Make the right hire: use an employment agency

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Published on 4/9/07

We've emphasized before that even the smallest practices benefit from hiring the right administrative help to free up attorney time for practicing law and winning new clients.

However, the hiring process in itself is complex and time consuming. That's why it makes sense for most small and mid-sized law firms to use employment agencies in filling staff positions.

Lawyers consider themselves great judges of character, but the hiring process requires far more specialized resources to be done effectively. Employment agencies have the knowledge and skills at interviewing, psychological evaluation and employment discrimination law to handle the recruiting, evaluation and hiring process effectively.

They also have the time and investigative skills to verify a potential hire's credentials and experience -- a vital task that's increasingly difficult to do because of privacy laws.

Employment agencies can also tap a wider pool of potential candidates.

Agencies spend a considerable amount of advertising money to recruit competent candidates through newspaper advertisements, telephone directories and websites, and at trade shows, conferences and job fairs.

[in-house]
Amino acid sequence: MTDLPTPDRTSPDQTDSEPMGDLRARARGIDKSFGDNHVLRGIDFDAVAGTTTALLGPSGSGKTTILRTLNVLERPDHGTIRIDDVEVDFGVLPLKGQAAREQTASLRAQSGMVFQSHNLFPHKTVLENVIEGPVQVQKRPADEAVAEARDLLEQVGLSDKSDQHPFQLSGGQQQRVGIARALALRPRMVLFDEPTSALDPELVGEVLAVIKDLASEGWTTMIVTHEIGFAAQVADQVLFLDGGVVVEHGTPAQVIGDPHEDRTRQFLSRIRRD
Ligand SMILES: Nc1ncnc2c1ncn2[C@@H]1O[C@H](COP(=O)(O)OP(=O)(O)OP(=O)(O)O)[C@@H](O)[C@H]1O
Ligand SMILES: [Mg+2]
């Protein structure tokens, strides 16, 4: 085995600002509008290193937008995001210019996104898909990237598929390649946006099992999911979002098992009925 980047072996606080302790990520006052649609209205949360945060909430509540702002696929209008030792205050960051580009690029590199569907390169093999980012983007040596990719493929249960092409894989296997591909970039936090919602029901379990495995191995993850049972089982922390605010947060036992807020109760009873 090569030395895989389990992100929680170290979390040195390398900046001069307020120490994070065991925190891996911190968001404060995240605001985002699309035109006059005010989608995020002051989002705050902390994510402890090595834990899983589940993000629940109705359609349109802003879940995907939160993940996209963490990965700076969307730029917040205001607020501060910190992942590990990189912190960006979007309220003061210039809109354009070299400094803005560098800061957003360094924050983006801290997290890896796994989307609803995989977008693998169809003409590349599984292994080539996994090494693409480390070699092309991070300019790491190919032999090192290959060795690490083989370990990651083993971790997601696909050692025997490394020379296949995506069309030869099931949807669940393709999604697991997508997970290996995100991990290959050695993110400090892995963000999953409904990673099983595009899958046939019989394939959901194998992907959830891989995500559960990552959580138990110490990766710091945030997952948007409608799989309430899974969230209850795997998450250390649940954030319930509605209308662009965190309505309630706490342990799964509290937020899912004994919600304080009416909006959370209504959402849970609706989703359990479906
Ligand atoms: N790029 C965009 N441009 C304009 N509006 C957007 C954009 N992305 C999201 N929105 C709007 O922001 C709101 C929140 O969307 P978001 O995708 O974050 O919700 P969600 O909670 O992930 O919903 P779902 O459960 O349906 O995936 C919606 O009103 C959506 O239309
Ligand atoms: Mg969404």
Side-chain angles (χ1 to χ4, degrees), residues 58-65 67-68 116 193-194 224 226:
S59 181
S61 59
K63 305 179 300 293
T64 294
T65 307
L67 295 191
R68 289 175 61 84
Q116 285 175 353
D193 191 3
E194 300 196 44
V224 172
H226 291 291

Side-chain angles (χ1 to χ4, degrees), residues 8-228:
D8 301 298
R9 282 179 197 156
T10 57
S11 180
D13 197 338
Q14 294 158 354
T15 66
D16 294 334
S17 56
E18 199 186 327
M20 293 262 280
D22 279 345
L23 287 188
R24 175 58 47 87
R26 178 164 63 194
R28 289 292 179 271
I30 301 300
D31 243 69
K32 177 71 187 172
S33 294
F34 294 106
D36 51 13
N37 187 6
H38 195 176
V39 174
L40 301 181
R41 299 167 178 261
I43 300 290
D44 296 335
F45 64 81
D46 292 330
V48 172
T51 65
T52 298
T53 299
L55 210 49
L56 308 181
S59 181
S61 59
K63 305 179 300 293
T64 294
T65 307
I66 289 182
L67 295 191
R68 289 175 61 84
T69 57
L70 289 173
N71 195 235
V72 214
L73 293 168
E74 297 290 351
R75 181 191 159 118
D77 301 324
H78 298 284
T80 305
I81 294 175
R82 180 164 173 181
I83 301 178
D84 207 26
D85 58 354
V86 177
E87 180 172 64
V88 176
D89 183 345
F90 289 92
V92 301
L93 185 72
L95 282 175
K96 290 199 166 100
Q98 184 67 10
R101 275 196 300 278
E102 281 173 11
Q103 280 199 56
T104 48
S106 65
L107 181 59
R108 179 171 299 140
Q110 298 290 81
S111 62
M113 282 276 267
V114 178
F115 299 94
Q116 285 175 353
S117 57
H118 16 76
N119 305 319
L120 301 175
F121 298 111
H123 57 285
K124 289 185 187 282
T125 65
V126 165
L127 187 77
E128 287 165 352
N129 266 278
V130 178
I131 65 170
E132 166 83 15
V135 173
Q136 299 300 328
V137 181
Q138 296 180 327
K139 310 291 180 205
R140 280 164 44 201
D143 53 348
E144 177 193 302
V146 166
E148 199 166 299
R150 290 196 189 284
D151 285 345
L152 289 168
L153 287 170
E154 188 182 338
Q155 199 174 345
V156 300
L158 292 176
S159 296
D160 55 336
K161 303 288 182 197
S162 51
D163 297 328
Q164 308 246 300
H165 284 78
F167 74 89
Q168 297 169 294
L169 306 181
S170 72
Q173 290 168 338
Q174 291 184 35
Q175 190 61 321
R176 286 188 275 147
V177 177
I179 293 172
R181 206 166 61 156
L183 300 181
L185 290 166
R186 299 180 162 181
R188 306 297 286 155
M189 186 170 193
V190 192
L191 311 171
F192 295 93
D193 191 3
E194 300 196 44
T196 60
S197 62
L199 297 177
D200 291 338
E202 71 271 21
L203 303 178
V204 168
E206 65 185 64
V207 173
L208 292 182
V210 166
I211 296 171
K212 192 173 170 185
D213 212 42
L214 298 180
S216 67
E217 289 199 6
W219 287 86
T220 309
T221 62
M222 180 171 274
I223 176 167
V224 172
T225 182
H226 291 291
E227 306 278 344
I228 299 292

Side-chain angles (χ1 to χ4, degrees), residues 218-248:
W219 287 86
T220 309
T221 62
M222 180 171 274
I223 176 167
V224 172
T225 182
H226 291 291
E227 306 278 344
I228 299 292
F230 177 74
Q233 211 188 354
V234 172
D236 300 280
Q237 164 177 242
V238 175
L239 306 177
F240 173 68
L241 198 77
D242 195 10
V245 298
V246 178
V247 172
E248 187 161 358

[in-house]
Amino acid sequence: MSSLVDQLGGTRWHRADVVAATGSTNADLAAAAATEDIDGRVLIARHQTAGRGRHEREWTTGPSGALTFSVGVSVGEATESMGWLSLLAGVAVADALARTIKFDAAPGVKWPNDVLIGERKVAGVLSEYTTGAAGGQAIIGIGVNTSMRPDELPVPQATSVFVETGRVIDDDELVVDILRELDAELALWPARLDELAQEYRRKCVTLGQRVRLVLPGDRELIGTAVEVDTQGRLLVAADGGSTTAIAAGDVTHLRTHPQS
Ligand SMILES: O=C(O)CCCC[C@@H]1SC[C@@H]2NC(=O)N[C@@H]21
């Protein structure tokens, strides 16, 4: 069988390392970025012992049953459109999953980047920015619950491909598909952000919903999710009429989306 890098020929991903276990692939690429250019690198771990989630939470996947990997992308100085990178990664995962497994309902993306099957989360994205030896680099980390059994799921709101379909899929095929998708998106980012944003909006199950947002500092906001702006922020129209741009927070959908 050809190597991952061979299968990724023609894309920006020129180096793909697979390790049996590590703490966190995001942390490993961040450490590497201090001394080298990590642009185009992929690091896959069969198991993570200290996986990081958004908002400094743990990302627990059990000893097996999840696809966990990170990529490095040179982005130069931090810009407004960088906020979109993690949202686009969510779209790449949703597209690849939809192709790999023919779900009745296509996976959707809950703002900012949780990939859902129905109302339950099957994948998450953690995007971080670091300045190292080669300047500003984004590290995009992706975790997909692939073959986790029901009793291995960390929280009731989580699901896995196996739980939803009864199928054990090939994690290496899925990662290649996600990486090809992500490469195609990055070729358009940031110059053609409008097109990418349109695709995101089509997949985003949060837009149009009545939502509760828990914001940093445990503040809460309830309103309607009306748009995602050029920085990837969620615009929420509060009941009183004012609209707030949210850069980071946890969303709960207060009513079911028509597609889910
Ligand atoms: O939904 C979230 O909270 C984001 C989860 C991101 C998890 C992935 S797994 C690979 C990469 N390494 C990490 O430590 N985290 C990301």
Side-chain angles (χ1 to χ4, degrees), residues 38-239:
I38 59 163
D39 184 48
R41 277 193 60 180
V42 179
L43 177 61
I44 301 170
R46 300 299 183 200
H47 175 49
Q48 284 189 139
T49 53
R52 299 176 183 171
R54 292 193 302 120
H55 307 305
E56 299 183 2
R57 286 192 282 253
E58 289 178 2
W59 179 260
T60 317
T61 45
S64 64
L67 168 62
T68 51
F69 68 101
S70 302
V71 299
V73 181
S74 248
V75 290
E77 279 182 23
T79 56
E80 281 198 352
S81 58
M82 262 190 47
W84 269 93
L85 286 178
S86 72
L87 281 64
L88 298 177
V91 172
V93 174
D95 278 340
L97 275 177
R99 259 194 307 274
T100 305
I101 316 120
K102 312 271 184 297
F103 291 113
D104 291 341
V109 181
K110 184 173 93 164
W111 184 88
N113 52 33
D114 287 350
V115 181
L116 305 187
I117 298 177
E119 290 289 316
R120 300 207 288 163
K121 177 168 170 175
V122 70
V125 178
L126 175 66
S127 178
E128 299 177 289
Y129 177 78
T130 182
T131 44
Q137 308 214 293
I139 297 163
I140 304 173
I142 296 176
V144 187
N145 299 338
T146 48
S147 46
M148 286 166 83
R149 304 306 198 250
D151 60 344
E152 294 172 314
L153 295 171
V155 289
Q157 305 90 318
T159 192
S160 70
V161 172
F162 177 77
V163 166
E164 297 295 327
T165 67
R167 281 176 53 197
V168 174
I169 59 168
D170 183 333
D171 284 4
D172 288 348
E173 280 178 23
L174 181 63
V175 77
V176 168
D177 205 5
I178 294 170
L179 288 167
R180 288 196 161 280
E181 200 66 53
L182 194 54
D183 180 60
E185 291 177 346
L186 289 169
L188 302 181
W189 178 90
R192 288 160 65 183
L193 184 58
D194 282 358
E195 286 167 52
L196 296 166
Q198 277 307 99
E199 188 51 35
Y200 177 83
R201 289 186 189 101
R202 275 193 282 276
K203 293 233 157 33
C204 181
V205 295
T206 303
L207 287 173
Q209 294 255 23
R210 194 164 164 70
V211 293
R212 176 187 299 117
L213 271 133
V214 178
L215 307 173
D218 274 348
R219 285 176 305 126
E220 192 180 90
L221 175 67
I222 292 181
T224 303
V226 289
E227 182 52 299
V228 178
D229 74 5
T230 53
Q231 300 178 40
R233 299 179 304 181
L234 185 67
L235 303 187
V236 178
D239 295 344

They also do a great deal of phone prospecting: calling currently employed persons (who have been recommended to them, or who they have identified through news or trade stories) and saying, "We're looking for a person with your kind of credentials, would you know of someone who is interested?" Often the recipient of such a call, although not previously looking for a new position, will express interest and wind up in the agency's recruiting pool.

A lawyer may choose one or more agencies to represent the firm. However, selecting an agency requires basic guidelines.

First of all, be clear on the kind of position you need to fill (clerical, paralegal, technical) and look for an agency that specializes in that area. Ask for the agency's detailed rate sheet, printed information in addition to a website, current law firm or lawyer clients as references, samples of the agency's entrance testing, and their requirements for employment.

Once the parameters are set and the agency begins interviewing, a lawyer should make the final hiring decision. That includes evaluation of the agency's hiring standards and background investigation and of any specialized legal capabilities for the candidate. Most importantly, the lawyer should have a face-to-face interview with every recommended candidate to assess whether the person will be a good cultural "fit" for the firm.

Employment agencies typically charge 25 to 40 percent of the new hire's first year pay as their fee. A properly chosen agency is worth the fee, because it pays for the best contacts, the best screening process and the best knowledge of employment law to make sure the hiring process is done right.

That's important, because the termination costs just for an unsuccessful entry-level new hire can equal 30 to 50 percent of annual salary when the expenses of recruiting, interviewing, hiring, training and reduced productivity are considered. Some studies place this number considerably higher.

Good people are too valuable an asset for anything but a professional hiring process.

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